The Polivoks is the most popular vintage Russian synth made in the early 80's and it was among the first synthesizers produced in the USSR. It's purely analog with two voices of polyphony, two oscillators each with triangle, square, saw, two types of pulse waveforms and one noise generator, the levels of which are controlled via the internal mixer. Although the oscillators can become unstable and difficult to tune, the Polivoks is well suited for making screeching sounds and thunderous bass. You can also connect an external audio input for processing through the Polivoks' switchable dual-mode band pass/low pass filter and LFO sections. The LFO, or "Modulator" offers triangle, square, random and noise waveshapes and can be applied to the oscillator level and pitch or the filter cutoff. There are also two ADSR envelopes for contouring the oscillators and filters.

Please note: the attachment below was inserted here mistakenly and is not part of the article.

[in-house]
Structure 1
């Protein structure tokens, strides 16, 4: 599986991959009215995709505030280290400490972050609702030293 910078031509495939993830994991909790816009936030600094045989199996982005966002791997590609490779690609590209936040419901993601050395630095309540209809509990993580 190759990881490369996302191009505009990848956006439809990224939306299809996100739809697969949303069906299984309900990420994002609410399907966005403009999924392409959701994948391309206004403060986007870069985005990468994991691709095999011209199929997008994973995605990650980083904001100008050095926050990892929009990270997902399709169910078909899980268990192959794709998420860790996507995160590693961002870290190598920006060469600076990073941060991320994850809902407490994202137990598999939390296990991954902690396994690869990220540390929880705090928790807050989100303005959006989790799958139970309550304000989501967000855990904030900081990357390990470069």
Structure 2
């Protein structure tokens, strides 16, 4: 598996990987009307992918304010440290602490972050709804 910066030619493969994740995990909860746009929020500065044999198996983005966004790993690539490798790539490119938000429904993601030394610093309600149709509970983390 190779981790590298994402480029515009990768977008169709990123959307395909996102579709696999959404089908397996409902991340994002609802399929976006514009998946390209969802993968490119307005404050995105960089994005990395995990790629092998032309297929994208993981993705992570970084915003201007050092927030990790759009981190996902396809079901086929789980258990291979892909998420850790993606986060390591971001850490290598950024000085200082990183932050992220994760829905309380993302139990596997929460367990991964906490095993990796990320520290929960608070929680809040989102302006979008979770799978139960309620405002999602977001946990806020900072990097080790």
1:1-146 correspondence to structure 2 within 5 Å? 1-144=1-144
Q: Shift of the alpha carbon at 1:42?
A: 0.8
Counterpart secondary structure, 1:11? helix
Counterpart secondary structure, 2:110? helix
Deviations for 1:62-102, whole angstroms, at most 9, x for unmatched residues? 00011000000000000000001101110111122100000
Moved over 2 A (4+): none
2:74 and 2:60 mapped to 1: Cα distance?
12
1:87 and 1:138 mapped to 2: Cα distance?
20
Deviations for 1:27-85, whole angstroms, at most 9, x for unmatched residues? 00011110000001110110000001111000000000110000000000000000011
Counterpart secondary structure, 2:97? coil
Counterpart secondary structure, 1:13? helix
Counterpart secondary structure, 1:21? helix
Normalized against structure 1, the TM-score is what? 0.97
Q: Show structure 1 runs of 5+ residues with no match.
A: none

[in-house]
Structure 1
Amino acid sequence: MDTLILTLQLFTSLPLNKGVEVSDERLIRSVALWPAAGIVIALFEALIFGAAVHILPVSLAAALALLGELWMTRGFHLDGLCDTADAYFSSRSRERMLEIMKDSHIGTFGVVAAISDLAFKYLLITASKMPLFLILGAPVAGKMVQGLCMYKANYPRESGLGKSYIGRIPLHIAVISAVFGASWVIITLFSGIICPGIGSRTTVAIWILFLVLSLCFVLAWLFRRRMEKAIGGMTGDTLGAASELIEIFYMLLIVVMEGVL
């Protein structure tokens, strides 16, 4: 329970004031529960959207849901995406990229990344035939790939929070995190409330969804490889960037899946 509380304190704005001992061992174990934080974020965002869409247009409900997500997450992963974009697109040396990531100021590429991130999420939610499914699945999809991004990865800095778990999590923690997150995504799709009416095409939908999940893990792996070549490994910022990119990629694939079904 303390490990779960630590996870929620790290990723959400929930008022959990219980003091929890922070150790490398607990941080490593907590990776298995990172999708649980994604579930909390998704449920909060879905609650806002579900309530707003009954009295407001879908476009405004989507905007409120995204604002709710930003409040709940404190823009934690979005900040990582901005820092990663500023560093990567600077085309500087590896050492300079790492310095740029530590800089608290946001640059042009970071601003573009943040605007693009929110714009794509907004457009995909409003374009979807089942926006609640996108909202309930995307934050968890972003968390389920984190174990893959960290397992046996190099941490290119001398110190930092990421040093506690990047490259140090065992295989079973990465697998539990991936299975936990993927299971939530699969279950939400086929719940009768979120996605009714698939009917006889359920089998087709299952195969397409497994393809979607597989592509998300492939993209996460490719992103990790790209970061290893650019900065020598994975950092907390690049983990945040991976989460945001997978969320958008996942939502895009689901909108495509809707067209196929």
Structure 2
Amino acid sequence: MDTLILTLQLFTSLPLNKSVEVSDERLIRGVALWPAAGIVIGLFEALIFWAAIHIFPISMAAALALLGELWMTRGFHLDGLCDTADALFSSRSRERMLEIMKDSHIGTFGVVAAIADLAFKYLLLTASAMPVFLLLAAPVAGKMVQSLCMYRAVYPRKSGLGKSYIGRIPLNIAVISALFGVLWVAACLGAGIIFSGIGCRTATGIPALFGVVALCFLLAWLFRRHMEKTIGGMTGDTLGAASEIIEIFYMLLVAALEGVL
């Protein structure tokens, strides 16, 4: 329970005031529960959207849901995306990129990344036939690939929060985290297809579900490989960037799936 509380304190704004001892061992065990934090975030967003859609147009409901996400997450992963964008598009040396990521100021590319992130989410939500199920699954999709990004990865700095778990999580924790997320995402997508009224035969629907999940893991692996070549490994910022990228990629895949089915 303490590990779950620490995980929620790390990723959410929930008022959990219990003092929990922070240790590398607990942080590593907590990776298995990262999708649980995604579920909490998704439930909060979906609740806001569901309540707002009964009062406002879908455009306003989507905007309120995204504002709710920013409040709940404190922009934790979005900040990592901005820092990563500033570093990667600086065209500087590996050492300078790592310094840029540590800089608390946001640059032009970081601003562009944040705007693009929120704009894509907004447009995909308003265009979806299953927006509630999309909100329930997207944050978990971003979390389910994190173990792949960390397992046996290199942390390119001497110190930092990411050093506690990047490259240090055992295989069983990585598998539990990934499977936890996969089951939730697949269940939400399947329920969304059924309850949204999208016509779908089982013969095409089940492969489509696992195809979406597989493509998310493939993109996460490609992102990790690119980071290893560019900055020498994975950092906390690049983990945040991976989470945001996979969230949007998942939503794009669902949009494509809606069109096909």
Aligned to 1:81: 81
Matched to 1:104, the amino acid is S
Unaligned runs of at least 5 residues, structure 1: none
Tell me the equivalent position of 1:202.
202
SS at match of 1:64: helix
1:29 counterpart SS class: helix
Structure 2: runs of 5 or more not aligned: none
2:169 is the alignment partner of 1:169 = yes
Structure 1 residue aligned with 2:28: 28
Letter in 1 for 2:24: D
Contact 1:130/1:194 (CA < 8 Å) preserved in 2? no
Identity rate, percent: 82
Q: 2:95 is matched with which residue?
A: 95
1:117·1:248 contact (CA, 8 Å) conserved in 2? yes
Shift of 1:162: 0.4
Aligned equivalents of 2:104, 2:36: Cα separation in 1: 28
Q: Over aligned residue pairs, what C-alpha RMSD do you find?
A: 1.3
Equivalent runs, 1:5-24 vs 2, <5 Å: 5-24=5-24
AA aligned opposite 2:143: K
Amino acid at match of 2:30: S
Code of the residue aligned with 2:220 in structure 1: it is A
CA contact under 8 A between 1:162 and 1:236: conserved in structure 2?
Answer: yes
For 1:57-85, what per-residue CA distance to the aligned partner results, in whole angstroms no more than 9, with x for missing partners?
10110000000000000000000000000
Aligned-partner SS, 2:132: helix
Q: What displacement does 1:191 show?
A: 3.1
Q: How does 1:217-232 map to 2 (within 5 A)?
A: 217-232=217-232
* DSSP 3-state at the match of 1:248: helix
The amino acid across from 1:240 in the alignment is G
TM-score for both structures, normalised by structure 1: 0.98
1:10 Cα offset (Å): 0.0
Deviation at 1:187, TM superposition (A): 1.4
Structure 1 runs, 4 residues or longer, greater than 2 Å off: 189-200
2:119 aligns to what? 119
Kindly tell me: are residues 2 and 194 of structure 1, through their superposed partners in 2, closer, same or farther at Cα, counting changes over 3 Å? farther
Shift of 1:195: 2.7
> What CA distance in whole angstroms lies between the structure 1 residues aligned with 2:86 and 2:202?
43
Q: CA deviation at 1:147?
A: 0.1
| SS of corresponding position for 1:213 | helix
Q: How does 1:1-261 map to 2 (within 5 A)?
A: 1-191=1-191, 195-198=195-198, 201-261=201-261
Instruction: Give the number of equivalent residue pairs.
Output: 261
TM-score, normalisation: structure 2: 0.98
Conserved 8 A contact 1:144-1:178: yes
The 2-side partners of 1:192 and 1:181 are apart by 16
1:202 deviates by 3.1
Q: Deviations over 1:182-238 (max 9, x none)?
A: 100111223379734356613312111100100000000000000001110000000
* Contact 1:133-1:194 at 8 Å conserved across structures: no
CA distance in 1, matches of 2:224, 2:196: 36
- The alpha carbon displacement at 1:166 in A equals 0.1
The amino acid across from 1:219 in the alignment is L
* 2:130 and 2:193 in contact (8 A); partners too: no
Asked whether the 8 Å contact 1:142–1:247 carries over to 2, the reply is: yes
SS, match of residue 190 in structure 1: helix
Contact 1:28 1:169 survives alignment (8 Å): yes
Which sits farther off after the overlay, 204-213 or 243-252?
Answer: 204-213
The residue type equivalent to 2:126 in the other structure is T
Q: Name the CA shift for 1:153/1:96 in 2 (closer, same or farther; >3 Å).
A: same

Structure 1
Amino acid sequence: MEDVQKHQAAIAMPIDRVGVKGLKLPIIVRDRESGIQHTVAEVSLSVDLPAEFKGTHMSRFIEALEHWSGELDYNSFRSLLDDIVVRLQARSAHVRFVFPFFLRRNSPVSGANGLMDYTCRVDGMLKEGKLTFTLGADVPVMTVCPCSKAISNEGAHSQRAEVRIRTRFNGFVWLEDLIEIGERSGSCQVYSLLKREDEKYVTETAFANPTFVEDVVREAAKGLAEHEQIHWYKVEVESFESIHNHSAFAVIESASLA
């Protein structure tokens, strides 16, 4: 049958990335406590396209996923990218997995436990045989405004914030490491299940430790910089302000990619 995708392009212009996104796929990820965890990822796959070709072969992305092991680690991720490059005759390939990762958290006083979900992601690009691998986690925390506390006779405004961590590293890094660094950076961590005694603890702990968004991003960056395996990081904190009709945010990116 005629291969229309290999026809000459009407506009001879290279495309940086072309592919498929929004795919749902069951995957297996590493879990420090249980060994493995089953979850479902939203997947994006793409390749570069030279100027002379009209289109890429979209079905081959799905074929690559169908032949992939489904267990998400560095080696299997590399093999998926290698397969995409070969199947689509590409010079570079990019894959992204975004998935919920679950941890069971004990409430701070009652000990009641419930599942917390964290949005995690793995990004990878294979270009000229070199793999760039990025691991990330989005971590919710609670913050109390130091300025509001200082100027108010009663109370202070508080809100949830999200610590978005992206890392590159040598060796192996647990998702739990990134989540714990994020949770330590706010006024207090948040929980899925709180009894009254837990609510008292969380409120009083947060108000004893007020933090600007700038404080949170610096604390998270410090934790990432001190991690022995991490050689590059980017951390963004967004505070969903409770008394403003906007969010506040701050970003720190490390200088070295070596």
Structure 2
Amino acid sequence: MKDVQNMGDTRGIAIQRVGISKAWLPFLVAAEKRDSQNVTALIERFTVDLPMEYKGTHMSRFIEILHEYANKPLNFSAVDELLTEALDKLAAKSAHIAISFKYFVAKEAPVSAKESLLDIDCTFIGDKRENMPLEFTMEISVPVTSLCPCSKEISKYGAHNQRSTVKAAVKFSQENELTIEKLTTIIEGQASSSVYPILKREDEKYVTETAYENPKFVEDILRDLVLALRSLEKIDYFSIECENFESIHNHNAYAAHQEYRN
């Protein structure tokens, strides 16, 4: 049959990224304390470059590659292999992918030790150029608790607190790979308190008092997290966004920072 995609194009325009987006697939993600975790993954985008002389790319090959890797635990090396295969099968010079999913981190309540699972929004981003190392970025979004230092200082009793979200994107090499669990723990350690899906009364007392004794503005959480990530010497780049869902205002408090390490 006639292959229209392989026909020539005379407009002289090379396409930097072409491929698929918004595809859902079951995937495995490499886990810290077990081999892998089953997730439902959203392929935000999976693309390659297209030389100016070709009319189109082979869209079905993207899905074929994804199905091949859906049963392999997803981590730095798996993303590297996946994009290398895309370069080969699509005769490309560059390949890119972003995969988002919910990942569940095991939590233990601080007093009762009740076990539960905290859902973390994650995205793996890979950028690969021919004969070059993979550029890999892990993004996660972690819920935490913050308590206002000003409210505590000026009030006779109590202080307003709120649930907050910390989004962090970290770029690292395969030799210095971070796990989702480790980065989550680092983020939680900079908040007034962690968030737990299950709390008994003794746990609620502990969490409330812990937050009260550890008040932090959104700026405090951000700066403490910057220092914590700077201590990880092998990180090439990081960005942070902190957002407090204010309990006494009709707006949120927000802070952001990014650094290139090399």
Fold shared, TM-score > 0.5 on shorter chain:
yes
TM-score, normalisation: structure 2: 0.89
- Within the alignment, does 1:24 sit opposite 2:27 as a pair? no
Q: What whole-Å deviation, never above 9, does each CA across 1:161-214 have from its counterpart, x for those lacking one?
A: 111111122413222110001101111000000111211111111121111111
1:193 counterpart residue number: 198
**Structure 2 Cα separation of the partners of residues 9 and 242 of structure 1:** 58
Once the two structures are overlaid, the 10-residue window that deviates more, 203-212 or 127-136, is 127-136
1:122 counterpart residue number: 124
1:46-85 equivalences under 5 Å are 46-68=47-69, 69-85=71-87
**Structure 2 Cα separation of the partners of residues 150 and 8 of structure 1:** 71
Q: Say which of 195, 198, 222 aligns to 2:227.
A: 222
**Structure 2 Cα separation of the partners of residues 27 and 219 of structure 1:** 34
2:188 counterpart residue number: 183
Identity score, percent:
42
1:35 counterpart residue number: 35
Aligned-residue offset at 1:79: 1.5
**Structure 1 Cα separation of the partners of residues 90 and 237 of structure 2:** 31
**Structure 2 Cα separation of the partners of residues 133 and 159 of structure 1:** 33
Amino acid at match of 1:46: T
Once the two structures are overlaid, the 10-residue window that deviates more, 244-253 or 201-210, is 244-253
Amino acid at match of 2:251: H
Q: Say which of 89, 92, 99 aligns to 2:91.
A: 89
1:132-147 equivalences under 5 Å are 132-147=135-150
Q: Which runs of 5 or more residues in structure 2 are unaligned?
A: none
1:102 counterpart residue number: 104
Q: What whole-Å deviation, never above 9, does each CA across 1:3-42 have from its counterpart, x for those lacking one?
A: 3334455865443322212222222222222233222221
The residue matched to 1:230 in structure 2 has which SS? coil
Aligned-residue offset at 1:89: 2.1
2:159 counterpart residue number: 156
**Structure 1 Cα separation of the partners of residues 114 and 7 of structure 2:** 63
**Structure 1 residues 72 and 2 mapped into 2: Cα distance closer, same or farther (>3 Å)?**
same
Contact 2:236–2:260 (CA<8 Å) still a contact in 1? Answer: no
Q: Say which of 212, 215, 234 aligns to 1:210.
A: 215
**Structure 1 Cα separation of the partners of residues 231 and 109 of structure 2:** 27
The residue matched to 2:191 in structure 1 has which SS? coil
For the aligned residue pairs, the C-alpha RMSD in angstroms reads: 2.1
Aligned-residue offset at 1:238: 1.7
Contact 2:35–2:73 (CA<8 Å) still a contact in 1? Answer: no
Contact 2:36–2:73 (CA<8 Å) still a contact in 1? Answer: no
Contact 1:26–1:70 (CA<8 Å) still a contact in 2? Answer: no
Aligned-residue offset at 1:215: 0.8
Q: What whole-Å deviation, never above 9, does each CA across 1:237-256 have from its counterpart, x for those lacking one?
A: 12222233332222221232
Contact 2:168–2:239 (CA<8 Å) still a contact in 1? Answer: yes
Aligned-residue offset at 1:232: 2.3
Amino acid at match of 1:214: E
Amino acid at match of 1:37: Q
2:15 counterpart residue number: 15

Polivoks had been produced since 1982 by the Formanta electronic factory (one of the biggest at the time); it was sold exclusively in the USSR. Polivoks has its own unique electronic components including a reliable keyboard (49 notes F to E) made with magnetically controlled contacts and DIN sockets for its three outputs and one input. Its synthesis modules consist of independent circuit boards, which is convenient for maintenance and repair. In addition, Polivoks is housed in an original rugged aluminum body of uncommon design with handy controls.
One more thing though, if you come across one of these it helps if you can read Russian. Check out this Panel Layout Translation to English.
- Polyphony - Two voices
- Oscillators - 2 osc, 1 Noise Gen. Waveforms: triangle, saw, square, pulse 1 and pulse 2.
- LFO - LFO speed and modulation (triangle, saw, square, random waveforms)
- Filter - VCF: ADSR knobs, ADSR mode, cutoff, resonance, BPF/LPF mode, filter LFO level, envelope level.
- VCA - ADSR knobs, ADSR mode, mod level, keyb memory.
- Effects - Glissando
- Keyboard - 49 note duophonic
- Memory - None
- Control - None
- Date Produced - 1982
- Resources & Credits
Images from Museum of Soviet Synthesizers
Additional info provided by Harry Martin & Phill.
Reviewed November 2007.
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